Harry bought a KitchenAid oven back in 2006, but he doesn’t use his oven very much. He was deployed in the military, and hasn’t even been home for much of the time that he’s owned the appliance. Cleaning his house in preparation for his upcoming wedding, he tried out the oven’s self-cleaning feature for the first time. This turned out to be a bad idea.
Yes, he can get the oven fixed for less than a new oven would cost, but that isn’t the point. Harry doesn’t understand why a known defect in an essential home appliance is something that a customer has to take care of himself.
I noticed that the oven has a self cleaning feature, and me being a guy thought, hey, multitask! I can put the self cleaning on and mop the floors in the meantime. So about 4 hours later I decided to take a lunch break and check on the stove. The stove was off, all of the power to the unit was dead and the oven door remained locked. I searched the internet for help and ended up finding pretty much that this is a widely known flaw with Kitchen Aid/Whirlpool appliances. To sum up what happens the oven heats up so much that the thermal breaker melts and trips. Since it’s not a resettable breaker you have to buy a new one and install it.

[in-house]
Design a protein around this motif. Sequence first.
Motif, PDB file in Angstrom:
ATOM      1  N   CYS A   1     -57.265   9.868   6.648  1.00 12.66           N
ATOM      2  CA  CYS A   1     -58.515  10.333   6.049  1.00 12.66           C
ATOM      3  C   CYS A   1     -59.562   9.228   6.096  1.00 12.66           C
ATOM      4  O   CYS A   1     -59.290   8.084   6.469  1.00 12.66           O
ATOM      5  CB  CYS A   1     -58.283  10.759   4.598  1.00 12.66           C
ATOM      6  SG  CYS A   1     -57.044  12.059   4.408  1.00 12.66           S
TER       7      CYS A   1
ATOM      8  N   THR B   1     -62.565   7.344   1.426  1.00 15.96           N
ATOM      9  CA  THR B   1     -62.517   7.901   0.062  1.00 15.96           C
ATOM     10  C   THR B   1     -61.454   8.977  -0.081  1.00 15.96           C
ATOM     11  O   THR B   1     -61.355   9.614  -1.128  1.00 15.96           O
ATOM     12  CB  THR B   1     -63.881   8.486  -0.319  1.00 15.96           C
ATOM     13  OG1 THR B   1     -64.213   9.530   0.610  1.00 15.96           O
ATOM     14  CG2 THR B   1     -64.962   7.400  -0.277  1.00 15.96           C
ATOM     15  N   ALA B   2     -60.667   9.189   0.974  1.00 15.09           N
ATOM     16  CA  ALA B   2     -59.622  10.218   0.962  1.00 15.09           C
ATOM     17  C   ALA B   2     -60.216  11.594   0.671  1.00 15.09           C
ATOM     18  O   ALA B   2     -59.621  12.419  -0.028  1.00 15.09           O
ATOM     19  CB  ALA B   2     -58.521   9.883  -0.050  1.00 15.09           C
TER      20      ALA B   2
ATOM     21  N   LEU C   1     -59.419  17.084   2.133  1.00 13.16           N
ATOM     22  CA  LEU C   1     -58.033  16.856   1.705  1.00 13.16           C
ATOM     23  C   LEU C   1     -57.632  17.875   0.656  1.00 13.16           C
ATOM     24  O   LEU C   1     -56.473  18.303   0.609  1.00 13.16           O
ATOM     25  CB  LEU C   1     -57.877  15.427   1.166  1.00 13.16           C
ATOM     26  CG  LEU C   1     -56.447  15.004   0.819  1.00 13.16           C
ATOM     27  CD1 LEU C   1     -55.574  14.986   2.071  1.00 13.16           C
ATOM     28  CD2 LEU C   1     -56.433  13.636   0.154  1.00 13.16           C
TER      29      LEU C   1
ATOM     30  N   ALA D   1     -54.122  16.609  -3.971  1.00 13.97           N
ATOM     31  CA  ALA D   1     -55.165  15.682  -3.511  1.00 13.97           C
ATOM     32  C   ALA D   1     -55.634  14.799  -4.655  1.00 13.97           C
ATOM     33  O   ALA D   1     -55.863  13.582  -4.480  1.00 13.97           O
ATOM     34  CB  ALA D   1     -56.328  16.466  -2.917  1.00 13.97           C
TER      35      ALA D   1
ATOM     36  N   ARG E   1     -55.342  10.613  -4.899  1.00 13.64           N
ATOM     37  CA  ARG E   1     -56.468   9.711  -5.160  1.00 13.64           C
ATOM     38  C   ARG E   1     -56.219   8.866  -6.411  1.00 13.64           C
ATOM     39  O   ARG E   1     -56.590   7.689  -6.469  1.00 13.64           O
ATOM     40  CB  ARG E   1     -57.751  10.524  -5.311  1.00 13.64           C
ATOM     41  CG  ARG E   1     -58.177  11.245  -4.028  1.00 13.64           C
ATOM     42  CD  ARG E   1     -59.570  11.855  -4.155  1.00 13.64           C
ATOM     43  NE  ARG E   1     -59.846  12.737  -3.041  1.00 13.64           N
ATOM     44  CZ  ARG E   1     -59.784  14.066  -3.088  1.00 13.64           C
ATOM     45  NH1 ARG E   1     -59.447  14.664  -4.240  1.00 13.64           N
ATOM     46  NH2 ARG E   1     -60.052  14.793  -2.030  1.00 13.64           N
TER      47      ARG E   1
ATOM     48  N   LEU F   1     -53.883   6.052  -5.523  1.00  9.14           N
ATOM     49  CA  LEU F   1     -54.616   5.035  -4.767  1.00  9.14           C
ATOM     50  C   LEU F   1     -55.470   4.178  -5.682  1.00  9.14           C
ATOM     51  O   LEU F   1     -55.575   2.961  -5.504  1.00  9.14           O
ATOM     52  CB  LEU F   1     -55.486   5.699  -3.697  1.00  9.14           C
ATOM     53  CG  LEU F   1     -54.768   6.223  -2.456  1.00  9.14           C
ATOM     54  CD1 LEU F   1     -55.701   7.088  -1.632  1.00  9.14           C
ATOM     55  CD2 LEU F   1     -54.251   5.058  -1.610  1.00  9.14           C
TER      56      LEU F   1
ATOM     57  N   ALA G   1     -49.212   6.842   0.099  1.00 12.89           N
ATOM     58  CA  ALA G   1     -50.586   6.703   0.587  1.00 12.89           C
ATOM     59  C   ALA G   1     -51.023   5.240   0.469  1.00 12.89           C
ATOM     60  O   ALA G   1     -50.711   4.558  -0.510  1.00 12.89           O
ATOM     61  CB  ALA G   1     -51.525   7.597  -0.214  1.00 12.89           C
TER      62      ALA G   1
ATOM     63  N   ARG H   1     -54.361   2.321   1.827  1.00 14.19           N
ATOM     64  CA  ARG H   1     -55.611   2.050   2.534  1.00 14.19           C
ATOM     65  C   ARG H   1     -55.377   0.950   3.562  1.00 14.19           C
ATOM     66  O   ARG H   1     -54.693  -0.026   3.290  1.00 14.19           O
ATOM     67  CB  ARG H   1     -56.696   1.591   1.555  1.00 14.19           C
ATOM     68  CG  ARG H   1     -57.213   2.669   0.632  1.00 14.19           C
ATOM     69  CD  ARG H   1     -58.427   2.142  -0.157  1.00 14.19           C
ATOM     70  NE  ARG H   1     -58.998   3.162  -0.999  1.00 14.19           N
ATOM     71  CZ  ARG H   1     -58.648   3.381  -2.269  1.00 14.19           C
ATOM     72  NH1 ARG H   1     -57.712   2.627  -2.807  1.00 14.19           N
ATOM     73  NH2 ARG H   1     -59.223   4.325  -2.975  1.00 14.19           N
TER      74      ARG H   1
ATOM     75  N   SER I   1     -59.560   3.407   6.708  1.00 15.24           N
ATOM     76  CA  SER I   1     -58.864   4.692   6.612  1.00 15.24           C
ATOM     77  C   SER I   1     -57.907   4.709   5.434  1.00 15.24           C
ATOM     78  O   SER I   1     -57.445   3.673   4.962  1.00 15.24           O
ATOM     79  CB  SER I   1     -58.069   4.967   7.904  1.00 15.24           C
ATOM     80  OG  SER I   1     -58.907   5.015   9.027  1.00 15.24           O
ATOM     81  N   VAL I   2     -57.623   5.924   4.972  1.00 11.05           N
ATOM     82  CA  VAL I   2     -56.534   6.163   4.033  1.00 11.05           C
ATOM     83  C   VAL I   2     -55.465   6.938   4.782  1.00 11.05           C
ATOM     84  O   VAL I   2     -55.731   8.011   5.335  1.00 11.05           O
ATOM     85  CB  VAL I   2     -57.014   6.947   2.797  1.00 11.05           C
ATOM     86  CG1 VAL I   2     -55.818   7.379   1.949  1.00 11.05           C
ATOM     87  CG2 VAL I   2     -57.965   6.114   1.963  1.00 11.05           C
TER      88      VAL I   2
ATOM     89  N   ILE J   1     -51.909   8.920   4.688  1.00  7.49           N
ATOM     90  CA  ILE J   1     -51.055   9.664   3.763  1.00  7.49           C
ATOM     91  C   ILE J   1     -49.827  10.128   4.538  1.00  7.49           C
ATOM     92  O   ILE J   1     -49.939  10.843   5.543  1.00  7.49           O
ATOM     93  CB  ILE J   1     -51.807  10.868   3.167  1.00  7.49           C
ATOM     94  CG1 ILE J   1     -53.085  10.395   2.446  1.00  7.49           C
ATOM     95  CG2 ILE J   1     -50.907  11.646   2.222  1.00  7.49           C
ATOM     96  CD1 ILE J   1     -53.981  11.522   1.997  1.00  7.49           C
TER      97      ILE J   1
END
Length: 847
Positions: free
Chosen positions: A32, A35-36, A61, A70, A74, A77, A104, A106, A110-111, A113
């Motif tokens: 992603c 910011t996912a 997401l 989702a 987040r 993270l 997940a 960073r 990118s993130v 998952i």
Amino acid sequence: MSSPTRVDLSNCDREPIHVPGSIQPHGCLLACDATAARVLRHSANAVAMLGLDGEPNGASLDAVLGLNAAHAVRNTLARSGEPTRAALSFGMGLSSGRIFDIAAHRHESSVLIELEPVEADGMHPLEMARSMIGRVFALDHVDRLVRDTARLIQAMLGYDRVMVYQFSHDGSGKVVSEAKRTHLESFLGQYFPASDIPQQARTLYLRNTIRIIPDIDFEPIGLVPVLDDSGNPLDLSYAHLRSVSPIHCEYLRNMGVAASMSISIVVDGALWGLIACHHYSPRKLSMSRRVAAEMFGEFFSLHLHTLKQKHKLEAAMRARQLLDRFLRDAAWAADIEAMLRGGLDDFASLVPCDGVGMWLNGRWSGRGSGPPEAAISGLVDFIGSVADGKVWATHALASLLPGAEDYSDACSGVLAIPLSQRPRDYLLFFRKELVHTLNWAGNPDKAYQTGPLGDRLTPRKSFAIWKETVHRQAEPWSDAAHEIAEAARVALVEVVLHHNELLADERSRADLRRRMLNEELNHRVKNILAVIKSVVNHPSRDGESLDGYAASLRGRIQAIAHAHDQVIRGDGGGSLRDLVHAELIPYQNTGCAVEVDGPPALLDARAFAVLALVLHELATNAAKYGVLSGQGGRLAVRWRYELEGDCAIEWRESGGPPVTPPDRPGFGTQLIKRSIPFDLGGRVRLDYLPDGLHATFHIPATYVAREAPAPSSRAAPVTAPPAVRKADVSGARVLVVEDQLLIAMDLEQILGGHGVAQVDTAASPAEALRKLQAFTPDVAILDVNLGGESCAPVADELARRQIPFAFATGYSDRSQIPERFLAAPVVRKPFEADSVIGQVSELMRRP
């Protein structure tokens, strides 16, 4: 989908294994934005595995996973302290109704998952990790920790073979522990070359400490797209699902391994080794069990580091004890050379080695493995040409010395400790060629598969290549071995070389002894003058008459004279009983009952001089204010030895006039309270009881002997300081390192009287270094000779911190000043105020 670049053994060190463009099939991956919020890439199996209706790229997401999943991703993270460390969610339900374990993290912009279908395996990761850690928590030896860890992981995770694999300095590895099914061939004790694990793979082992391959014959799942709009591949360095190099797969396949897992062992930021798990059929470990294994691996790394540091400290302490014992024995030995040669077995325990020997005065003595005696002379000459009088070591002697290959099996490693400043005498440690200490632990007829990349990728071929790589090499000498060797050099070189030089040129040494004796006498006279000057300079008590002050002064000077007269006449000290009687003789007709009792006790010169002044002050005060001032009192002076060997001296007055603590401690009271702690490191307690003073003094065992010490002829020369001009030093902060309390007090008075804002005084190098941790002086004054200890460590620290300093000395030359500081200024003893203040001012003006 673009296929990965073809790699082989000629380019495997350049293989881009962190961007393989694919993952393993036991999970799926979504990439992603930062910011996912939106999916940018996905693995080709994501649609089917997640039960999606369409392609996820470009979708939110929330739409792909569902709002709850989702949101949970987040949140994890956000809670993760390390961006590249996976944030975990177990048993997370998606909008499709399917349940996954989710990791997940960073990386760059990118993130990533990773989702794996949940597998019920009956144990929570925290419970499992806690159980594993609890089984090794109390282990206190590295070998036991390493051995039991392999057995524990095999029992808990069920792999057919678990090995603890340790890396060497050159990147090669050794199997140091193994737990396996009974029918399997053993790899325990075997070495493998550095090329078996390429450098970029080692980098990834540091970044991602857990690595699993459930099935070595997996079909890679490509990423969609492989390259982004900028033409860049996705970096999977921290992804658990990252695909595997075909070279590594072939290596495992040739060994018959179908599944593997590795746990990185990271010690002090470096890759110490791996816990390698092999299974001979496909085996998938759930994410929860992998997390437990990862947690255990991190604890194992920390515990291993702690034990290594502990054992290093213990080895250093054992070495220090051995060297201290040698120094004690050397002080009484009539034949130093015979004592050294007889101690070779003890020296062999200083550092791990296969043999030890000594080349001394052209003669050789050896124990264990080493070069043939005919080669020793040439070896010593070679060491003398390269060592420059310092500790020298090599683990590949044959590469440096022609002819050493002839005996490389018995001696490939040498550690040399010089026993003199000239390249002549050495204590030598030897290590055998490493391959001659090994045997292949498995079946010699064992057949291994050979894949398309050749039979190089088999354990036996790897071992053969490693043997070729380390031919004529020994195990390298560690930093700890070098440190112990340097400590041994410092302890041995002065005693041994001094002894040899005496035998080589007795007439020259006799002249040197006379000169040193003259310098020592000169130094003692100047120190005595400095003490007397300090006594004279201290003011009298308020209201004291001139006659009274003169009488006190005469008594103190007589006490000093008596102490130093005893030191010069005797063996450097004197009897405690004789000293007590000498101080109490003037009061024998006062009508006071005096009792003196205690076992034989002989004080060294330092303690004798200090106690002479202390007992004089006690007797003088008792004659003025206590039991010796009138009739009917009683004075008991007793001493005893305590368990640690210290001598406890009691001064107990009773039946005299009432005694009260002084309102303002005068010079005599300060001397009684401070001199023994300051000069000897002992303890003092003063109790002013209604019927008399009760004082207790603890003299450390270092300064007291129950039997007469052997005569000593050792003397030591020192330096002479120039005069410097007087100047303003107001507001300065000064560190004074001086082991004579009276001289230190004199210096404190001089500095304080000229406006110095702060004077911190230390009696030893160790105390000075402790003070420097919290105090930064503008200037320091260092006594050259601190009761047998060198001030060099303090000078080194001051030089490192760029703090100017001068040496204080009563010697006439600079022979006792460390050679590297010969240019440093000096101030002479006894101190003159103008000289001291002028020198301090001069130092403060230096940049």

This is the first time that I have ever used the self cleaning feature. Even though I purchased the oven back in 2006 I have been deployed overseas for around 4 1/2 years so the oven just sat in my house.
Harry contacted KitchenAid to see whether they knew anything about ovens shutting down after running the self-cleaning cycle. What? No way. They had never heard of it, even though Harry found hundreds of similar complaints online about other appliances in the Whirlpool family.
“I would not have used the self cleaning feature on a brand new oven within a few months of purchase, and with all of my deployments the oven hasn’t had a lot of use, so I never had a need to use the self cleaning feature,” he pointed out in his e-mail to Consumerist. He bought a whole suite of KitchenAid appliances for his home, even a microwave and stand mixer: he wonders, why won’t the company respect his loyalty and at least send him the $50 replacement part that would make his oven door open again?
KitchenAid has a very responsive Twitter presence, which might provide some help. KitchenAid is a division of Whirlpool, so the executive customer service information for Whirlpool that we published a few years ago might help if you’re dealing with a similar problem.